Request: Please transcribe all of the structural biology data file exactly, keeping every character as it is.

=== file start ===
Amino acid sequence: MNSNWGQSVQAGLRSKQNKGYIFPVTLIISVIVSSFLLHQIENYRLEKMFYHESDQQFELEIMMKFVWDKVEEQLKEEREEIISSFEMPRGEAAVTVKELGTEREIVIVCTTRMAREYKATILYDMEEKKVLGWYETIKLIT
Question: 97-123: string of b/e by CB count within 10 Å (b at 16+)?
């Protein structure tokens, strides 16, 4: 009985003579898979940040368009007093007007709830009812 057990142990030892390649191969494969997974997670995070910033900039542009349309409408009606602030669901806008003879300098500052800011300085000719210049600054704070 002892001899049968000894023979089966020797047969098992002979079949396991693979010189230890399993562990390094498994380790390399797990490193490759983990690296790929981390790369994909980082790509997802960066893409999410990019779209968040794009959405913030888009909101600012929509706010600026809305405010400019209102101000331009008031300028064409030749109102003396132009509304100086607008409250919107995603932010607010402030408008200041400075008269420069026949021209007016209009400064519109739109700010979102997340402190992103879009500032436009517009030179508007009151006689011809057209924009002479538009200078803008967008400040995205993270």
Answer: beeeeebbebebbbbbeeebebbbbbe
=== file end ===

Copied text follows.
Amino acid sequence: MNSNWGQSVQAGLRSKQNKGYIFPVTLIISVIVSSFLLHQIENYRLEKMFYHESDQQFELEIMMKFVWDKVEEQLKEEREEIISSFEMPRGEAAVTVKELGTEREIVIVCTTRMAREYKATILYDMEEKKVLGWYETIKLIT
Question: 97-123: string of b/e by CB count within 10 Å (b at 16+)?
């Protein structure tokens, strides 16, 4: 009985003579898979940040368009007093007007709830009812 057990142990030892390649191969494969997974997670995070910033900039542009349309409408009606602030669901806008003879300098500052800011300085000719210049600054704070 002892001899049968000894023979089966020797047969098992002979079949396991693979010189230890399993562990390094498994380790390399797990490193490759983990690296790929981390790369994909980082790509997802960066893409999410990019779209968040794009959405913030888009909101600012929509706010600026809305405010400019209102101000331009008031300028064409030749109102003396132009509304100086607008409250919107995603932010607010402030408008200041400075008269420069026949021209007016209009400064519109739109700010979102997340402190992103879009500032436009517009030179508007009151006689011809057209924009002479538009200078803008967008400040995205993270």
Answer: beeeeebbebebbbbbeeebebbbbbe